72 Hour Hold
Bebe Moore Campbell weaves a tale of unrelenting love and pain in her latest novel 72 Hour Hold. 72 Hour Hold tells the story of Keri, a successful owner of an upscale Los Angeles Boutique whose beautiful, intelligent 18 year old daughter has been diagnosed with bi-polar disorder. Quite gifted and on her way to Brown University, Trina's life has come to an abrupt halt as her disorder overtakes her and Keri tries everything, legal and illegal, to try to save her daughter from this debilitating disorder.
Moore Campbell does an excellent job of portraying the hell a family has to go through when a loved one has been diagnosed with a mental illness. The struggles with the health care system, the erratic behavior, the toll it takes on the healthy family members, are all told in breathtaking detail and roll off the pages in a fast paced, rollercoaster ride that keeps you guessing from beginning to end.
The best part about 72 Hour Hold is that it manages to never come off as preachy or judgmental. There's some scathing commentary on the problems with the mental health industry in this country and the novel handles that discourse in a way that allows you to understand both sides of the issue from patients rights, to the needs of the families trying to save their relatives and the overworked and under-funded system we have in place to deal with some of our most troubled citizens. Moore Campbell offers insight into a world that few are privy to or want to admit they are a part of and in so doing challenges all of us to do something to better the treatment and understanding of those who suffer from a mental disorder, whether we are personally affected by it or not.
The one criticism I have of the novel is how the main character, Keri is very difficult to sympathize with. She is judgmental, unforgiving, arrogant, short-sighted and all around a person that is very hard to like. She is incredibly inconsiderate of those in her life and completely unaware of the needs and desires of others. I spent the whole novel being amazed at her sense of entitlement and superiority. At the same time I found Keri's character trying, I also recognize that making her such an imperfect person, one who expects and has attained success it makes her daughter's illness all the more devastating and ultimately makes the novel much more dynamic and interesting.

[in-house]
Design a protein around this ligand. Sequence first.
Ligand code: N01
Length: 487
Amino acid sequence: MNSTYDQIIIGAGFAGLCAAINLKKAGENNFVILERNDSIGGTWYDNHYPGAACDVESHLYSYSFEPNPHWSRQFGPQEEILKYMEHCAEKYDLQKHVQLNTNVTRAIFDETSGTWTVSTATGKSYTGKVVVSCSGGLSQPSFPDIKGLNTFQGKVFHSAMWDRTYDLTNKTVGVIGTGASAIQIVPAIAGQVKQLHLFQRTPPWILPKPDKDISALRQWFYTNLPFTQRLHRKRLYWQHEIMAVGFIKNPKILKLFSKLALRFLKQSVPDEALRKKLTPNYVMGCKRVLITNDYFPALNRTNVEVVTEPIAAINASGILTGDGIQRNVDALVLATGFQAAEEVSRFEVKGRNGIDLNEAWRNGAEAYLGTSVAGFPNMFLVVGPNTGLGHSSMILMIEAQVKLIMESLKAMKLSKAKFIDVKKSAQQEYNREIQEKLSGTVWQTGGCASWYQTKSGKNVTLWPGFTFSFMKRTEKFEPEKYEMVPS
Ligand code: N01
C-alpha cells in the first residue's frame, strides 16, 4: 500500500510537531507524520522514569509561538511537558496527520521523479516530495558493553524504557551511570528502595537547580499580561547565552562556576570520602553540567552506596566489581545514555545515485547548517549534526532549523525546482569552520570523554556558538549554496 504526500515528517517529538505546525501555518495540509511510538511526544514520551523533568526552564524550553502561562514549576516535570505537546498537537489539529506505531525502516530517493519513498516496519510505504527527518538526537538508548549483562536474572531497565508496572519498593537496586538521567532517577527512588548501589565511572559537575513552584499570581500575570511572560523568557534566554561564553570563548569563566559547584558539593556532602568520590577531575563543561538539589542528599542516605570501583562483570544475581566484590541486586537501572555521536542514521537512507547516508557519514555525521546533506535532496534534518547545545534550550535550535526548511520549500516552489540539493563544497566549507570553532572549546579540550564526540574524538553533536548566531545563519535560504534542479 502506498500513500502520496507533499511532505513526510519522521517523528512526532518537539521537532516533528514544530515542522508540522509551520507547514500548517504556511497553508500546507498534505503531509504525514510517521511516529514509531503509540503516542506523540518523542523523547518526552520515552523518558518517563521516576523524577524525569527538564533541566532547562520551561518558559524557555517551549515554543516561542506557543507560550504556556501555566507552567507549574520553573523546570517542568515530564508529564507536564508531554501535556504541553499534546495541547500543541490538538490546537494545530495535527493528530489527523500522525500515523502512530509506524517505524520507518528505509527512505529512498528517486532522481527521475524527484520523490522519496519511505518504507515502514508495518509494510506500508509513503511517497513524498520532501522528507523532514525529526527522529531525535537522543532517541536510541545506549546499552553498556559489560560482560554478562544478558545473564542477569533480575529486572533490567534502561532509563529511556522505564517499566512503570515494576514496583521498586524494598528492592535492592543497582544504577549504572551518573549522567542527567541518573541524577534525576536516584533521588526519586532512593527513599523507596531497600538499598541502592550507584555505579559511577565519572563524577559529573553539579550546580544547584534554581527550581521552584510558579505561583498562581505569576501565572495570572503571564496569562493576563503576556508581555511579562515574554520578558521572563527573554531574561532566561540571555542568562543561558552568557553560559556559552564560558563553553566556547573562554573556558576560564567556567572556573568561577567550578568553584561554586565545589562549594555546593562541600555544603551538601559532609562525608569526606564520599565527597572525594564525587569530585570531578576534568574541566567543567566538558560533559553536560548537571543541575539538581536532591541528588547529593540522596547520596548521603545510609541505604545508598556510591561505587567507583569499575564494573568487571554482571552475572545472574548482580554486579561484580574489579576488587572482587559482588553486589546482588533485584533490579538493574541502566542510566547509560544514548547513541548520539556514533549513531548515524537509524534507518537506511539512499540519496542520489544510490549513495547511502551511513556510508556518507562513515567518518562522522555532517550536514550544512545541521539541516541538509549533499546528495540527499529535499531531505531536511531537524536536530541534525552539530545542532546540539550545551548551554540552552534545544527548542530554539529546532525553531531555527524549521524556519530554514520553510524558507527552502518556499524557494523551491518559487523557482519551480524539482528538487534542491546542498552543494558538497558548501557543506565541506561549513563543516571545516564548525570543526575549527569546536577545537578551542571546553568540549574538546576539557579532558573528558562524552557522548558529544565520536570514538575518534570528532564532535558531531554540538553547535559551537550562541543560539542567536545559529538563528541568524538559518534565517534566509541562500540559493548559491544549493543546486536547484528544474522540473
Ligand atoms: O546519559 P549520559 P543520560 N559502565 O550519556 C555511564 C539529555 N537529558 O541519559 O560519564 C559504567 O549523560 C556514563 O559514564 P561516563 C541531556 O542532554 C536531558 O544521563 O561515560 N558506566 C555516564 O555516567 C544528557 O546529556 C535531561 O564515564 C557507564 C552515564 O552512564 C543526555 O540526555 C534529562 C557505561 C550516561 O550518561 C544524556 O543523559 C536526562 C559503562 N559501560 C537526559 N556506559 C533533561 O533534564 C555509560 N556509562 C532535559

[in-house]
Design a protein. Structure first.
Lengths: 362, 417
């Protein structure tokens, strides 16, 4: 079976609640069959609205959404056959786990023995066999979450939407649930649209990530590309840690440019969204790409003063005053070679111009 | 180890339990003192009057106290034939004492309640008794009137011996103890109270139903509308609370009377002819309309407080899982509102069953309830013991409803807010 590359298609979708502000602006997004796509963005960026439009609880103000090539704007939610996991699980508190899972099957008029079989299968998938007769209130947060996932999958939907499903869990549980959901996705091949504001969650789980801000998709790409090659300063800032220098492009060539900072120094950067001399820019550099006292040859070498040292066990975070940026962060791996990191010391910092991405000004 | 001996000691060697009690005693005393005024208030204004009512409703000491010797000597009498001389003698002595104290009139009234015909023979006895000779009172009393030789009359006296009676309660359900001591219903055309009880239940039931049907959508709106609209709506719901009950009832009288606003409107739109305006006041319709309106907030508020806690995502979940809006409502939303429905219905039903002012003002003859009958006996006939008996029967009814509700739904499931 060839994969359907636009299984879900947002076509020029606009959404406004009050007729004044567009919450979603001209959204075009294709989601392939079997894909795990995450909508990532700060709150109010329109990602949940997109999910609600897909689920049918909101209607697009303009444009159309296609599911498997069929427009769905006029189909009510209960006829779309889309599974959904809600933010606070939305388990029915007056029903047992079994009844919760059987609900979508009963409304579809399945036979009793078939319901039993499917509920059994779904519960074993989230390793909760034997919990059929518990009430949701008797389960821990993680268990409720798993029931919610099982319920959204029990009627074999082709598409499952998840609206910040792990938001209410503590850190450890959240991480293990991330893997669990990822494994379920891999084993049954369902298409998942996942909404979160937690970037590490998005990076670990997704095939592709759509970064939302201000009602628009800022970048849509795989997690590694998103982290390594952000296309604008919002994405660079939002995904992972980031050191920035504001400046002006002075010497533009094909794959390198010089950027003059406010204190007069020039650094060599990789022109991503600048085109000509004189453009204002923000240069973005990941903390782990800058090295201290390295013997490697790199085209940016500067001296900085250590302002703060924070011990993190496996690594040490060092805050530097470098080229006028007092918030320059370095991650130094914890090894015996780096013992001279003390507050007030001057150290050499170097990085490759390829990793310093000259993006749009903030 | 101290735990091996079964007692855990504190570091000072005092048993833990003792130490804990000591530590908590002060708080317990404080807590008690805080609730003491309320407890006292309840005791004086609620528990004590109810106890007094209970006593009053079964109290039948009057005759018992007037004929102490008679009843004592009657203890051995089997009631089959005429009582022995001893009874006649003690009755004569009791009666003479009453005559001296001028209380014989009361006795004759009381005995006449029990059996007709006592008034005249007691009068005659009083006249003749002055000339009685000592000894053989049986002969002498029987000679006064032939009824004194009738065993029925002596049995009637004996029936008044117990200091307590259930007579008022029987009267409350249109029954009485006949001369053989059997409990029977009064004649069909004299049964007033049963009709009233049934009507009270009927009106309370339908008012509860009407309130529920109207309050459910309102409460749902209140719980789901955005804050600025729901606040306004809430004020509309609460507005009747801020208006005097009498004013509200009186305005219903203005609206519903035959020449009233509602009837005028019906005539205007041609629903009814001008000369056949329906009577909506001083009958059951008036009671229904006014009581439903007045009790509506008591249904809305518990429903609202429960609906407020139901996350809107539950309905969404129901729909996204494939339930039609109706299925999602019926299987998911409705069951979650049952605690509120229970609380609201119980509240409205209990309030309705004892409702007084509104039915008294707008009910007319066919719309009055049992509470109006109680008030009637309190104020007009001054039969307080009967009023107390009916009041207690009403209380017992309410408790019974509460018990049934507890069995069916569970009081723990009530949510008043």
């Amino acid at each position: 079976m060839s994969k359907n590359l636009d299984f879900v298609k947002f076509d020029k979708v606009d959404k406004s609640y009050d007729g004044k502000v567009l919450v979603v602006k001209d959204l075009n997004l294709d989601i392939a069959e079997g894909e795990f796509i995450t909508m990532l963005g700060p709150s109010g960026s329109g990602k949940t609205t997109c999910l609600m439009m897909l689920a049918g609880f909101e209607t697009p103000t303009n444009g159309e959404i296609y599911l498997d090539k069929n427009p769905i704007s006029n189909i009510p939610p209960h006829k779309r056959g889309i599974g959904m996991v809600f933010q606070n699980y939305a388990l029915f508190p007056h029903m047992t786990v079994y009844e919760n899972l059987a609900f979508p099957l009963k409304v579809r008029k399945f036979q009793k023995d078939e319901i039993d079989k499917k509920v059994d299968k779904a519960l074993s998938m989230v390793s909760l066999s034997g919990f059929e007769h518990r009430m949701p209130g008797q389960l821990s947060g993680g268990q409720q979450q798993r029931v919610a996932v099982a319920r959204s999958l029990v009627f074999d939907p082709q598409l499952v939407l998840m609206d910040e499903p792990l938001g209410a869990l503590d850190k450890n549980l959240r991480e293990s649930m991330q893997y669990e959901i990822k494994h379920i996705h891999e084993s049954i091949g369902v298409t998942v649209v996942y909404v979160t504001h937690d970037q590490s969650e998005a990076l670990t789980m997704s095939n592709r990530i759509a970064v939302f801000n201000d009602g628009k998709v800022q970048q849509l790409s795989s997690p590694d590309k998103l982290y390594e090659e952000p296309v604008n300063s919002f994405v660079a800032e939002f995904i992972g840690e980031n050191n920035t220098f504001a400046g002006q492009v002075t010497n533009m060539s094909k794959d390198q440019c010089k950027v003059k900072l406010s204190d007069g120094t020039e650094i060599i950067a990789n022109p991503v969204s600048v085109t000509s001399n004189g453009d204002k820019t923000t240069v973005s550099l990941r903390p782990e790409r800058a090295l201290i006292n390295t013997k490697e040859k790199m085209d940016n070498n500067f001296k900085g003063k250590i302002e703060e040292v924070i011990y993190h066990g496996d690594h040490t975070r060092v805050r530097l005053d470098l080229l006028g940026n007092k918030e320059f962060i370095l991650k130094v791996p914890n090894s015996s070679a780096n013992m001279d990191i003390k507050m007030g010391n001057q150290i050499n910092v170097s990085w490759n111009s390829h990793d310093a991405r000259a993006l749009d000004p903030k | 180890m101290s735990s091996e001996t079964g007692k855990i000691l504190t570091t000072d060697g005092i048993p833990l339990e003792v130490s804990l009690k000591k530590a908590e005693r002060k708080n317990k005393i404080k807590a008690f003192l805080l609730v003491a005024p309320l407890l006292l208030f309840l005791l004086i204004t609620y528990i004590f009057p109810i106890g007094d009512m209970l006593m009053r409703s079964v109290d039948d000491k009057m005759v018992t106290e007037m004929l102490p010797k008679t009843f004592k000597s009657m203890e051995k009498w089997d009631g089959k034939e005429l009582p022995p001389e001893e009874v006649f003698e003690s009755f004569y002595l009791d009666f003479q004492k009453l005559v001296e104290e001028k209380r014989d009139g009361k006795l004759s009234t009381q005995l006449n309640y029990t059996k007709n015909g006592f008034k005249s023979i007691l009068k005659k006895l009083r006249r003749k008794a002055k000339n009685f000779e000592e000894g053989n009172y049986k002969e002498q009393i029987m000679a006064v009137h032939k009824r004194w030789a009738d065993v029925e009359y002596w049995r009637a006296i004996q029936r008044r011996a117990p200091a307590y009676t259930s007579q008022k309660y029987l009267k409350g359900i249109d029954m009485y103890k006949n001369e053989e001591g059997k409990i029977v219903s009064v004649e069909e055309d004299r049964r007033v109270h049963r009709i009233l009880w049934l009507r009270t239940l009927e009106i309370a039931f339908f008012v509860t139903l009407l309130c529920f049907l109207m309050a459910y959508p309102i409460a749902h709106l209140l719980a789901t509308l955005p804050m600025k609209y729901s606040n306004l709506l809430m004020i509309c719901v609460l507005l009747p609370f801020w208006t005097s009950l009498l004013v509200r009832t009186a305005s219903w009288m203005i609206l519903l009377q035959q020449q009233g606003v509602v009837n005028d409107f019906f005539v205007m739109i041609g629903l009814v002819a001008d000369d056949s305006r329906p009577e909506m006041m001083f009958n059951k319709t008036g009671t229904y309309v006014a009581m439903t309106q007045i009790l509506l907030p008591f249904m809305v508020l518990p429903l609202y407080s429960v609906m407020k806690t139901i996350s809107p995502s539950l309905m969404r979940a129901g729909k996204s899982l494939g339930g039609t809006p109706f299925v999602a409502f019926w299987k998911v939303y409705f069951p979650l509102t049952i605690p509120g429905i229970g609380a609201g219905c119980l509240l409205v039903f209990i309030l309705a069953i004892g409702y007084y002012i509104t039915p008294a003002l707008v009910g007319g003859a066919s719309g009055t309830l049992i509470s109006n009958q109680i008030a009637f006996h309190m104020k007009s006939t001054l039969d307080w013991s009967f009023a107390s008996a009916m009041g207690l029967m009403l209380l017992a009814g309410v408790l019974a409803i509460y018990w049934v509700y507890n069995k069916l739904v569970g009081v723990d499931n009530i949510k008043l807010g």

Bebe Moore Campbell has always been good at creating characters and stories that are compelling and believable. Her characters jump off the page and feel like they could be people you know in your own life. 72 Hour Hold is no exception. It's a great read and excellent social commentary on an issue that doesn't receive near as much attention as it deserves.
Tamika Johnson is a freelance writer and owner of PrologueReviews.com. To read more reviews by Tamika Johnson or to receive or to have your book, music, or film reviewed visit www.prologuereviews.com">http://www.prologuereviews.com
Polish author Olga Tokarczuk won the £50,000 (about $67,170) Man Booker International Prize, which celebrates the finest works of translated fiction from around the world, for her novel of linked fragments, Flights, translated by Jennifer Croft. The cash award is divided equally between author and translator, who also both receive £1,000 for being shortlisted.
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...We must read Shakespeare and authors who are women, Arab, Muslim, queer. Most of the world is neither white nor European, and the United States may be a majority-minority country by mid-century. White people will gain more by embracing this reality rather than fighting it. As for literature, the mind-set that turns the canon into a bunker in order to defend one dialect of English is the same mind-set that closes borders, enacts tariffs and declares trade wars to protect its precious commodities and its besieged whiteness. But literature, like the economy, withers when it closes itself off from the world. The world is coming anyway. It demands that we know ourselves and the Other...